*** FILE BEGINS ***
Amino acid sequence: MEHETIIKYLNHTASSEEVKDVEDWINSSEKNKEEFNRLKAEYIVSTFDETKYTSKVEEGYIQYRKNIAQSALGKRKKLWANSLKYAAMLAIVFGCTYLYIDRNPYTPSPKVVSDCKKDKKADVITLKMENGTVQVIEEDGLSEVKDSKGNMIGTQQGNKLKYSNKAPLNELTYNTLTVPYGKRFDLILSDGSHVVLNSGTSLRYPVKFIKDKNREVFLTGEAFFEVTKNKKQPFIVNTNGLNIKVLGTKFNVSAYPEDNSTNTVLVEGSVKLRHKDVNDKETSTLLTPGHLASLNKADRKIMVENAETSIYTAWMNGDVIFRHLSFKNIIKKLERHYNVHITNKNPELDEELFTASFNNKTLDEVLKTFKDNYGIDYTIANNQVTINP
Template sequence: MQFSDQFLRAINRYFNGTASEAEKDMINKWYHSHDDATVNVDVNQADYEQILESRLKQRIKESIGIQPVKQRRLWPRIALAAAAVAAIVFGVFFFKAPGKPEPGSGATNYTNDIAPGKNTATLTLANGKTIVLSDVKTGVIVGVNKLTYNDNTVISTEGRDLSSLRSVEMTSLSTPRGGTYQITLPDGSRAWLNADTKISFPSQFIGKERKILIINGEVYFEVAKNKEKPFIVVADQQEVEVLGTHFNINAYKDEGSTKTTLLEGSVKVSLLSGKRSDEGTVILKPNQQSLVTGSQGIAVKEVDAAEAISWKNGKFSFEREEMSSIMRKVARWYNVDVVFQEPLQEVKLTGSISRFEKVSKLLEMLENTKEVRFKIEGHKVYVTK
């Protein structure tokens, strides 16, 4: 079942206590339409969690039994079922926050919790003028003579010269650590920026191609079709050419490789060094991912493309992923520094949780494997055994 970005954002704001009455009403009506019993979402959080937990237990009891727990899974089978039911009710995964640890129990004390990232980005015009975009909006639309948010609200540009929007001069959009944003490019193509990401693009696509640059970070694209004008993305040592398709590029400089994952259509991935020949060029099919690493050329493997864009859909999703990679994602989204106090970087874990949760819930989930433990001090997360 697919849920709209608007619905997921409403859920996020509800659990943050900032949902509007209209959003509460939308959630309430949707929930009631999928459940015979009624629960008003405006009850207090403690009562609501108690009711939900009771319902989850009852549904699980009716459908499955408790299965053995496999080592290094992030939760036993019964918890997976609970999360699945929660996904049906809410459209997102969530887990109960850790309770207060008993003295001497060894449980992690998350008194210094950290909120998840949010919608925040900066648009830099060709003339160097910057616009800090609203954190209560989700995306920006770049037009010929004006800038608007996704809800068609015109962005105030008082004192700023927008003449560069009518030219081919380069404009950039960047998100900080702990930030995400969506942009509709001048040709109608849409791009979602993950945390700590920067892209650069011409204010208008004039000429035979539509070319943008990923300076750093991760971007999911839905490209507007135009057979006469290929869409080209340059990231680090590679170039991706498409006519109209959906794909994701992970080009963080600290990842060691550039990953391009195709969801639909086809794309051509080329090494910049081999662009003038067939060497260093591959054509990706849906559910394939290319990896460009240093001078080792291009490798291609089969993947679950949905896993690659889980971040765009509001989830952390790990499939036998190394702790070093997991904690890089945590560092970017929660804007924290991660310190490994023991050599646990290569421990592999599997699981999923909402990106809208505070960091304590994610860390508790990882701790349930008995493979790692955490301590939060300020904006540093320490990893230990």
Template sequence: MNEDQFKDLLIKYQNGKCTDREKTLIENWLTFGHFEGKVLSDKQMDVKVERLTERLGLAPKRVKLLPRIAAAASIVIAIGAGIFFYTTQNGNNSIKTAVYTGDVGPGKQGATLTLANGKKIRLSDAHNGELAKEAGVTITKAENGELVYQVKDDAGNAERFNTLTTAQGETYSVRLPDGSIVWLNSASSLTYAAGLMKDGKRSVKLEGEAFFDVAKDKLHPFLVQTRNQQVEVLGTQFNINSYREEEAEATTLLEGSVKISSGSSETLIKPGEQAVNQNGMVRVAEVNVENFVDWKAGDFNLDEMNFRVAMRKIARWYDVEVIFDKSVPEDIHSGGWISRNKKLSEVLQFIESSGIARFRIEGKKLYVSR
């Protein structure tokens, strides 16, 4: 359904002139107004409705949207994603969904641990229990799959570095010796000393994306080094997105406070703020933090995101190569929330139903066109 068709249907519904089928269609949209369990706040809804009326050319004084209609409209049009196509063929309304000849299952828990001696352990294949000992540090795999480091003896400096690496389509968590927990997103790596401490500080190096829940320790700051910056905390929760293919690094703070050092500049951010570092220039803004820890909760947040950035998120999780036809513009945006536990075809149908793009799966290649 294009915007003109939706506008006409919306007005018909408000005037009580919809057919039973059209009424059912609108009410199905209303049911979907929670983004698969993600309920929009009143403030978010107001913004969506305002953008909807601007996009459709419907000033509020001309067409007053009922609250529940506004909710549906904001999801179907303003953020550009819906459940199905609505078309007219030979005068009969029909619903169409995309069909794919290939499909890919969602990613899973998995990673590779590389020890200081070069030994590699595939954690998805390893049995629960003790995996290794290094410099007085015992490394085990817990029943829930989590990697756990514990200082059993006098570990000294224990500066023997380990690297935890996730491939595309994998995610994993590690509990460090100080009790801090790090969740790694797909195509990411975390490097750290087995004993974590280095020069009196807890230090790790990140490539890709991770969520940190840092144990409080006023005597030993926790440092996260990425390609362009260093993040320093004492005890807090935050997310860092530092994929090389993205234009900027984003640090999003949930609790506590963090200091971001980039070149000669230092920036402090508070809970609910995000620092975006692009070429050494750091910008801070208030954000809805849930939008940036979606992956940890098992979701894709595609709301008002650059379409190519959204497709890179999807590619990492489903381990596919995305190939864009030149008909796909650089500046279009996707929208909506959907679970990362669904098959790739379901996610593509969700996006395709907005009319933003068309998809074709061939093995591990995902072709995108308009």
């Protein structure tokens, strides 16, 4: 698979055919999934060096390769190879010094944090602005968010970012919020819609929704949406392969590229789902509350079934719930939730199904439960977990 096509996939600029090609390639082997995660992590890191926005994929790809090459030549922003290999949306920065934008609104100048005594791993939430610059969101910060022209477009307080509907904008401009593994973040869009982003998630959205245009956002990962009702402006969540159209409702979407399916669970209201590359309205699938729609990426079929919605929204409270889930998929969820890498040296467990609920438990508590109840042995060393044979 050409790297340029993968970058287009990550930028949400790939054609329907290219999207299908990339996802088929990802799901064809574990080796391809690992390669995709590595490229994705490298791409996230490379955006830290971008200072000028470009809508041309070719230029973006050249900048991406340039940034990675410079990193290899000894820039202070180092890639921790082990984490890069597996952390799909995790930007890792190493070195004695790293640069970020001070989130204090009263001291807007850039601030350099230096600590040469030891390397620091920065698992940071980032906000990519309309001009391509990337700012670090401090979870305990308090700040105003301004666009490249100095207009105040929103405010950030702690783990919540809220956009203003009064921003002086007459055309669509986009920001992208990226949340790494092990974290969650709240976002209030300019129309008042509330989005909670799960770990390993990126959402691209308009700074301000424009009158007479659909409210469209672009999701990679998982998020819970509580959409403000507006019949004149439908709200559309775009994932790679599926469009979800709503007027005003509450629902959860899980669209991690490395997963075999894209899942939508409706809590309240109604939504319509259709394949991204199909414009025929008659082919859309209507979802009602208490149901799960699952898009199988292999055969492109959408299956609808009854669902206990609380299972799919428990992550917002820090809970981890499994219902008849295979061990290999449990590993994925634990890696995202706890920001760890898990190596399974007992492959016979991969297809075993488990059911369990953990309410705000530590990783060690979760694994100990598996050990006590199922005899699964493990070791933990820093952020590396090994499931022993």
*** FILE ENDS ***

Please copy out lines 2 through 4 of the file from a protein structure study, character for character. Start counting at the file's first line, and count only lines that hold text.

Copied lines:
Template sequence: MQFSDQFLRAINRYFNGTASEAEKDMINKWYHSHDDATVNVDVNQADYEQILESRLKQRIKESIGIQPVKQRRLWPRIALAAAAVAAIVFGVFFFKAPGKPEPGSGATNYTNDIAPGKNTATLTLANGKTIVLSDVKTGVIVGVNKLTYNDNTVISTEGRDLSSLRSVEMTSLSTPRGGTYQITLPDGSRAWLNADTKISFPSQFIGKERKILIINGEVYFEVAKNKEKPFIVVADQQEVEVLGTHFNINAYKDEGSTKTTLLEGSVKVSLLSGKRSDEGTVILKPNQQSLVTGSQGIAVKEVDAAEAISWKNGKFSFEREEMSSIMRKVARWYNVDVVFQEPLQEVKLTGSISRFEKVSKLLEMLENTKEVRFKIEGHKVYVTK
């Protein structure tokens, strides 16, 4: 079942206590339409969690039994079922926050919790003028003579010269650590920026191609079709050419490789060094991912493309992923520094949780494997055994 970005954002704001009455009403009506019993979402959080937990237990009891727990899974089978039911009710995964640890129990004390990232980005015009975009909006639309948010609200540009929007001069959009944003490019193509990401693009696509640059970070694209004008993305040592398709590029400089994952259509991935020949060029099919690493050329493997864009859909999703990679994602989204106090970087874990949760819930989930433990001090997360 697919849920709209608007619905997921409403859920996020509800659990943050900032949902509007209209959003509460939308959630309430949707929930009631999928459940015979009624629960008003405006009850207090403690009562609501108690009711939900009771319902989850009852549904699980009716459908499955408790299965053995496999080592290094992030939760036993019964918890997976609970999360699945929660996904049906809410459209997102969530887990109960850790309770207060008993003295001497060894449980992690998350008194210094950290909120998840949010919608925040900066648009830099060709003339160097910057616009800090609203954190209560989700995306920006770049037009010929004006800038608007996704809800068609015109962005105030008082004192700023927008003449560069009518030219081919380069404009950039960047998100900080702990930030995400969506942009509709001048040709109608849409791009979602993950945390700590920067892209650069011409204010208008004039000429035979539509070319943008990923300076750093991760971007999911839905490209507007135009057979006469290929869409080209340059990231680090590679170039991706498409006519109209959906794909994701992970080009963080600290990842060691550039990953391009195709969801639909086809794309051509080329090494910049081999662009003038067939060497260093591959054509990706849906559910394939290319990896460009240093001078080792291009490798291609089969993947679950949905896993690659889980971040765009509001989830952390790990499939036998190394702790070093997991904690890089945590560092970017929660804007924290991660310190490994023991050599646990290569421990592999599997699981999923909402990106809208505070960091304590994610860390508790990882701790349930008995493979790692955490301590939060300020904006540093320490990893230990």
Template sequence: MNEDQFKDLLIKYQNGKCTDREKTLIENWLTFGHFEGKVLSDKQMDVKVERLTERLGLAPKRVKLLPRIAAAASIVIAIGAGIFFYTTQNGNNSIKTAVYTGDVGPGKQGATLTLANGKKIRLSDAHNGELAKEAGVTITKAENGELVYQVKDDAGNAERFNTLTTAQGETYSVRLPDGSIVWLNSASSLTYAAGLMKDGKRSVKLEGEAFFDVAKDKLHPFLVQTRNQQVEVLGTQFNINSYREEEAEATTLLEGSVKISSGSSETLIKPGEQAVNQNGMVRVAEVNVENFVDWKAGDFNLDEMNFRVAMRKIARWYDVEVIFDKSVPEDIHSGGWISRNKKLSEVLQFIESSGIARFRIEGKKLYVSR